And the rest of the men which were not killed by these plagues yet repented not of the works of their hands, that they should not worship devils, and idols of gold, and silver, and brass, and stone, and of wood: which neither can see, nor hear, nor walk:... (Rev. 9:18,20)
When a third of the population is killed for its wickedness, the remainder does not repent of idolatry and its related sins. People go desperately to their idols in this time.

This pictures what happens today when people think they are turning to Christ; the church then gives them images to represent Christ. People turn to the images, thinking they are turning to Christ. For instance, when the U.S.S.R. collapsed and its people were ready to turn to Christ, the western church rushed in with images to represent Christ, images to interpret the Bible into monistic categories. The same thing happens on mission fields of Asia, Africa and South America. Missionaries give the people pictures to represent Christ and the people accept these pictures as Christ. The same thing happens in the Sunday schools of North America. Teachers give children pictures to represent Christ, and the children accept these pictures as Christ.

The more that people turn to pictures called “pictures of Christ,” the more they turn to what the Bible defines as idols. If we are approaching the time described in the Book of Revelation, or if now is the time described in the Book of Revelation, we should not be surprised to see universal image worship—in fact, we should be surprised not to see it now.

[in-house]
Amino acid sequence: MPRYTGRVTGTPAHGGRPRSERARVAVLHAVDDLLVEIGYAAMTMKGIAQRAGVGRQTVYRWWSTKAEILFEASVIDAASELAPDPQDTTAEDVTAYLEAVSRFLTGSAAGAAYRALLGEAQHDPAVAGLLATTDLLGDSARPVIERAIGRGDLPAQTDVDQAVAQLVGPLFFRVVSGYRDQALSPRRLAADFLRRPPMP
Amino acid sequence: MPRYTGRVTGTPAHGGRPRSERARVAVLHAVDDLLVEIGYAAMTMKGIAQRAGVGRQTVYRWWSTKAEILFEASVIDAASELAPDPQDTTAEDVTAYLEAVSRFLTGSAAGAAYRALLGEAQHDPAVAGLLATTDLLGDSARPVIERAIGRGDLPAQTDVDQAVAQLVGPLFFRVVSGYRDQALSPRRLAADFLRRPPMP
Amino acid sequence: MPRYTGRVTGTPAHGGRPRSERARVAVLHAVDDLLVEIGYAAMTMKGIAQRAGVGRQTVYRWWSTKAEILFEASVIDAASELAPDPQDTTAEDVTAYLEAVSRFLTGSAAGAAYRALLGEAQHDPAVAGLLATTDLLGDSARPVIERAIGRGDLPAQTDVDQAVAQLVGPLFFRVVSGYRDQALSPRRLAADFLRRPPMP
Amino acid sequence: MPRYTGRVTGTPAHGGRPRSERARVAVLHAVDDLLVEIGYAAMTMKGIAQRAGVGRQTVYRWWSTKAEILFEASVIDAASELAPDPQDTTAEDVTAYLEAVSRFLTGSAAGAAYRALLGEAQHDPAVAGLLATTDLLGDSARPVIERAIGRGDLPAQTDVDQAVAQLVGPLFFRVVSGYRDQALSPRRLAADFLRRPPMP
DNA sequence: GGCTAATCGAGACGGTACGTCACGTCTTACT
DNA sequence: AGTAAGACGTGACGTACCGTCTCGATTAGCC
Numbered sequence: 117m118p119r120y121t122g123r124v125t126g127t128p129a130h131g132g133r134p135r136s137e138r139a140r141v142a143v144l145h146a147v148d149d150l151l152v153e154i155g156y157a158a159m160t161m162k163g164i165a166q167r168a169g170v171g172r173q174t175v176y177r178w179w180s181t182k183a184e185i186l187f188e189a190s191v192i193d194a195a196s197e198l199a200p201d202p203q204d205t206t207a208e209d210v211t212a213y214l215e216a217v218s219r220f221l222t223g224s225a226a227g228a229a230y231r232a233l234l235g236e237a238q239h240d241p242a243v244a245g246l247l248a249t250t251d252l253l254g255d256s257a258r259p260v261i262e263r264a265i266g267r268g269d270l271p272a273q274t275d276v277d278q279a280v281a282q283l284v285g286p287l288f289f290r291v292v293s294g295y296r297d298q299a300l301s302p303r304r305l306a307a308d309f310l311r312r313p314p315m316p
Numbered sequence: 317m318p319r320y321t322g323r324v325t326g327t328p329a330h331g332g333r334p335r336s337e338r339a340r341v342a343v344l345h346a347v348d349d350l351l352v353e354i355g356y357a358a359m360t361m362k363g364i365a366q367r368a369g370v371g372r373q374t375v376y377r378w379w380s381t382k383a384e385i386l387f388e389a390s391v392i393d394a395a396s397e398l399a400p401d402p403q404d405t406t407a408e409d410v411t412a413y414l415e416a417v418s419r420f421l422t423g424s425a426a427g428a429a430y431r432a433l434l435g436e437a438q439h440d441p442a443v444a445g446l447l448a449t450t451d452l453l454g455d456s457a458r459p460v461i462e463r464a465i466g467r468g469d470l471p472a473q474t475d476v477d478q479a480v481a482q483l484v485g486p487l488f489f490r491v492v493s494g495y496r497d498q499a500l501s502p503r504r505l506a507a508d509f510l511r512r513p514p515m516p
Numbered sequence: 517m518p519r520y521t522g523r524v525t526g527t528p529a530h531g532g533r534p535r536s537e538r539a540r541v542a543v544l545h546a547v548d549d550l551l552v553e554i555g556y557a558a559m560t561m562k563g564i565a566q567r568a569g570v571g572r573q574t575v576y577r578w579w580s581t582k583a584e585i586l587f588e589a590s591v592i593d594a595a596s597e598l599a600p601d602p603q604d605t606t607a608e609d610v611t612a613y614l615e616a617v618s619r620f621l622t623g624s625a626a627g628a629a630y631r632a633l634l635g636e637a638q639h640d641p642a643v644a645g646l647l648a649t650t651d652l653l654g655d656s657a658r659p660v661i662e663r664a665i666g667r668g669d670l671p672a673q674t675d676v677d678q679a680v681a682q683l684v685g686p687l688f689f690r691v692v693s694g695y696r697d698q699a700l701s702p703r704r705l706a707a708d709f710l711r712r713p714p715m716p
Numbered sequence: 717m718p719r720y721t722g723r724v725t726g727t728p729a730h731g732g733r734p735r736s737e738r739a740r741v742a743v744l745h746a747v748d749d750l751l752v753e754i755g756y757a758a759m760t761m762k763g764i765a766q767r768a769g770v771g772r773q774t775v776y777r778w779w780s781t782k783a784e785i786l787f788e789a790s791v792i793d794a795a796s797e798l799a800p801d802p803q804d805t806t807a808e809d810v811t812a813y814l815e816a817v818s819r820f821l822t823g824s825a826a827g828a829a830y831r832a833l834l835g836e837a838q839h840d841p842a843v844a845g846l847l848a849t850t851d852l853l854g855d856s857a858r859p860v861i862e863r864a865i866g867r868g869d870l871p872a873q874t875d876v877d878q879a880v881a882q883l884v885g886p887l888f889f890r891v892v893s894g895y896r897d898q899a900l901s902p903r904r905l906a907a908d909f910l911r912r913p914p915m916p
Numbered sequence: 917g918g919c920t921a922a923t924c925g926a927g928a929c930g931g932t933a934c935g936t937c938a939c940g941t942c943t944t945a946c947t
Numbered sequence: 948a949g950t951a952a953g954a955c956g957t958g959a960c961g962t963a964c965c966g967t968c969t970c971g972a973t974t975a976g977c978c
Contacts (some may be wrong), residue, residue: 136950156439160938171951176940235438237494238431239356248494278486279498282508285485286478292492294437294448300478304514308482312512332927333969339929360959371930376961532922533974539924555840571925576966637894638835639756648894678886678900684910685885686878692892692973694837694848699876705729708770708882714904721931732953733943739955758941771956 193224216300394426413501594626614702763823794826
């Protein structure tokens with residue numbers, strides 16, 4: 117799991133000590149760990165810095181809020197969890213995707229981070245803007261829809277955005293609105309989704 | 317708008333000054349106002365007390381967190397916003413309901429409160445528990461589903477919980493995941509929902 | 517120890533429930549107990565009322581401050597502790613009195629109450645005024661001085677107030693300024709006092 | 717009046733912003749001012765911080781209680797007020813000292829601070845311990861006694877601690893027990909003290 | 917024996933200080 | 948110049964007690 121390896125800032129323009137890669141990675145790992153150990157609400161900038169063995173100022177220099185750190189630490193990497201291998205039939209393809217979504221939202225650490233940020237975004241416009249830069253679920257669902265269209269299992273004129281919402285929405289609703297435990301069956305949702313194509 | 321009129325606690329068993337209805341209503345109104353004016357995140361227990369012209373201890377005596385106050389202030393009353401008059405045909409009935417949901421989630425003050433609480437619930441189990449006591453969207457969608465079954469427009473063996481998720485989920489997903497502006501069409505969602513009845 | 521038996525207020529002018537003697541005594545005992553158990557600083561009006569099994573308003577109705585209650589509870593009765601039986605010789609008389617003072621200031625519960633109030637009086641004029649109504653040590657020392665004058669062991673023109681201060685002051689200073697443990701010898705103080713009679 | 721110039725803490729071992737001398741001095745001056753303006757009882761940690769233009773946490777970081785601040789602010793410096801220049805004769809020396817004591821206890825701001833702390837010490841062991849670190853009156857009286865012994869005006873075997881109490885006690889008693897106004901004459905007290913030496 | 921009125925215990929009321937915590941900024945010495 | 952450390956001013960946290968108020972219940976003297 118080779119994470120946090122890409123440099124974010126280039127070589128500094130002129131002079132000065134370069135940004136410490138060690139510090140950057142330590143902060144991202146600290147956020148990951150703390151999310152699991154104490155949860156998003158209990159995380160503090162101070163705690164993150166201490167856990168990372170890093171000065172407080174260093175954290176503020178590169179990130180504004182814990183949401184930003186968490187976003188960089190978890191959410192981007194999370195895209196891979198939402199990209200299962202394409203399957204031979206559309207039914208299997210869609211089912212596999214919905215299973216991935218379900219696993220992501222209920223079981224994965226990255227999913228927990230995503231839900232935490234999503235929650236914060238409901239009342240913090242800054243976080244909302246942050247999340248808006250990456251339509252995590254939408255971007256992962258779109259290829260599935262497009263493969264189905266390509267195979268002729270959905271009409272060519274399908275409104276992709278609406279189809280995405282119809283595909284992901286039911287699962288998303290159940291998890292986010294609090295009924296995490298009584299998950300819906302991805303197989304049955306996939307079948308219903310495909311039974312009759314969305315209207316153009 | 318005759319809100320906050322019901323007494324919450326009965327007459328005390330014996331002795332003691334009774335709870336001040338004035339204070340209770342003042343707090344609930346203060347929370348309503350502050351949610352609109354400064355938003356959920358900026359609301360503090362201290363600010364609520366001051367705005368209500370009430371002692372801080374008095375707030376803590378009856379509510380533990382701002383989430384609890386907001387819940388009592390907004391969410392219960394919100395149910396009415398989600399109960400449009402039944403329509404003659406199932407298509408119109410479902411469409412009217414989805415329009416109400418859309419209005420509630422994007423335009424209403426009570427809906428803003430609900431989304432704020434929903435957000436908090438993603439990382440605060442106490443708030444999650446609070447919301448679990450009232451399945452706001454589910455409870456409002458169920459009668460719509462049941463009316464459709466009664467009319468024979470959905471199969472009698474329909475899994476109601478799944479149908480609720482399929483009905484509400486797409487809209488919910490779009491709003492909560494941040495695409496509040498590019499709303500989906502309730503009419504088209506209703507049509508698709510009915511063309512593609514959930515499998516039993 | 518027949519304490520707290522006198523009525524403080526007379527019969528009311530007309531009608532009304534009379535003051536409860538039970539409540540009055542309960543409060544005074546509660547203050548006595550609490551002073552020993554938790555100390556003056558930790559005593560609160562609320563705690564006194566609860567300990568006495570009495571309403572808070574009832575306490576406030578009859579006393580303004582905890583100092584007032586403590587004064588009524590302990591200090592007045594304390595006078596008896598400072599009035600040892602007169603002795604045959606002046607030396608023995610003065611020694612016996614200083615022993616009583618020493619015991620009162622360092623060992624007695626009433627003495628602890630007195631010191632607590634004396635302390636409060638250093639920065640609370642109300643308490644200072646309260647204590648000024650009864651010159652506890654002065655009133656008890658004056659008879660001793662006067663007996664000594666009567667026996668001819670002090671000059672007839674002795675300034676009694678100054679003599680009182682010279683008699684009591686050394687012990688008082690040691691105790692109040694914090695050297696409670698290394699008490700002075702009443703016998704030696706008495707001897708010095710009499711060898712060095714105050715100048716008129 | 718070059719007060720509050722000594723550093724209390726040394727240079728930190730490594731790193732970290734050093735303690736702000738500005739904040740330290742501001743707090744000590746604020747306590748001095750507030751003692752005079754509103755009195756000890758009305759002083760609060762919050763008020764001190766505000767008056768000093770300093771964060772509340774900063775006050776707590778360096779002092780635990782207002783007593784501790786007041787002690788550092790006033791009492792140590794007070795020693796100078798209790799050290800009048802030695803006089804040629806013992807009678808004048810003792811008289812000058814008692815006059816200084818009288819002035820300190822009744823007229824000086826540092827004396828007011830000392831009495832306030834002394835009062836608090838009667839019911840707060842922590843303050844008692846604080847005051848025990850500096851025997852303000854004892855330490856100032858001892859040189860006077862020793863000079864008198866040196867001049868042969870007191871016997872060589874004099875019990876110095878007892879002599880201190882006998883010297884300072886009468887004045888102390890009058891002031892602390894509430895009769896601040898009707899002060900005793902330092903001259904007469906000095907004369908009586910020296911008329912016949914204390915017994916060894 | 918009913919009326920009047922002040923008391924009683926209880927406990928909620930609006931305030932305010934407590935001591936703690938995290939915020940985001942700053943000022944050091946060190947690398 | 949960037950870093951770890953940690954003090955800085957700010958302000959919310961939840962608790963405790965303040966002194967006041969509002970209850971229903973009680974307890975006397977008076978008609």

Religious Leadership Will Deceive People Into Idolatry
And the beast was taken, and with him the false prophet that wrought miracles before him, with which he deceived them that had received the mark of the beast, and them that worshipped his image. These both were cast alive into a lake of fire burning with brimstone. (Rev. 19:20. See also references to the false prophet in Rev. 16:13 and Rev. 20:10)
Revelation shows that the people are deceived into image worship. Deceived, of course, means they think they are doing one thing, when they actually are doing something else. Image-worshipers don’t think they are image-worshipers. They think they worship God through the image.